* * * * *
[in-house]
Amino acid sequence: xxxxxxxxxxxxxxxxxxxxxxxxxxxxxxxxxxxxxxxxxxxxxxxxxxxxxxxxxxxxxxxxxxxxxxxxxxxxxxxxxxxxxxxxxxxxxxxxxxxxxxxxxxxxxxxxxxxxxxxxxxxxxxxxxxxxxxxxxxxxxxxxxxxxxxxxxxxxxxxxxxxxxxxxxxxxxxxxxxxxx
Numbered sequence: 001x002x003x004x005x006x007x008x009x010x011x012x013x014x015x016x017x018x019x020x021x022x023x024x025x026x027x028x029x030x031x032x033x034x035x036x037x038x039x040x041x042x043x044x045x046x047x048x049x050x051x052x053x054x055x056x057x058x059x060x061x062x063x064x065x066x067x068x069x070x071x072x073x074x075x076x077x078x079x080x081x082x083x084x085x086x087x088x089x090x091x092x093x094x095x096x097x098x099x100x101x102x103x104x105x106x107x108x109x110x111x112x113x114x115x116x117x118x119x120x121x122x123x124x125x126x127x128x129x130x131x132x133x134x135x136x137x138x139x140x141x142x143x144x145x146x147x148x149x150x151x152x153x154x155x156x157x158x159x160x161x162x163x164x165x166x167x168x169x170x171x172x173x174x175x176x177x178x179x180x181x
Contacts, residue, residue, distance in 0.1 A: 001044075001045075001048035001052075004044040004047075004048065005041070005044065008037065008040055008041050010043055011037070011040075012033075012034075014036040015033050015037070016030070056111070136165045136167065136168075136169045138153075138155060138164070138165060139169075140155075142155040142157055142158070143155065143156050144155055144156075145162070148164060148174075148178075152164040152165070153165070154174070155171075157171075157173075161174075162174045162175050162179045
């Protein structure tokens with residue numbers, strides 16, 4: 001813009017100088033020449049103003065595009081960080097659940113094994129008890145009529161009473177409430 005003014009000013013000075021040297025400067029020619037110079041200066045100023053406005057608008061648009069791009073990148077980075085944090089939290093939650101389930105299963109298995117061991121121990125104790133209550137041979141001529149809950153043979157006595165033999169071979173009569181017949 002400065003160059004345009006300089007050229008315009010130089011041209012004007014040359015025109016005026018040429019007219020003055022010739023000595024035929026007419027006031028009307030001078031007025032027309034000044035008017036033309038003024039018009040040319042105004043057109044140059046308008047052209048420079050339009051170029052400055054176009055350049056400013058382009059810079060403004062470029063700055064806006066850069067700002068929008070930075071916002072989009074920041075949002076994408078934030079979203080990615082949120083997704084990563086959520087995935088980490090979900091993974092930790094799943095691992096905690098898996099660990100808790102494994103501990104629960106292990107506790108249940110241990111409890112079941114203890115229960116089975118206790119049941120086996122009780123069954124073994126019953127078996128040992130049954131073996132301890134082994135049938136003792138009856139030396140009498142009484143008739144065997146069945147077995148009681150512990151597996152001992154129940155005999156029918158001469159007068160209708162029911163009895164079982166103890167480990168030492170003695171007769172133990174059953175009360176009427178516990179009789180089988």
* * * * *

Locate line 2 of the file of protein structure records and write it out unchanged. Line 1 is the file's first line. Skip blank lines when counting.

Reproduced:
Amino acid sequence: xxxxxxxxxxxxxxxxxxxxxxxxxxxxxxxxxxxxxxxxxxxxxxxxxxxxxxxxxxxxxxxxxxxxxxxxxxxxxxxxxxxxxxxxxxxxxxxxxxxxxxxxxxxxxxxxxxxxxxxxxxxxxxxxxxxxxxxxxxxxxxxxxxxxxxxxxxxxxxxxxxxxxxxxxxxxxxxxxxxxx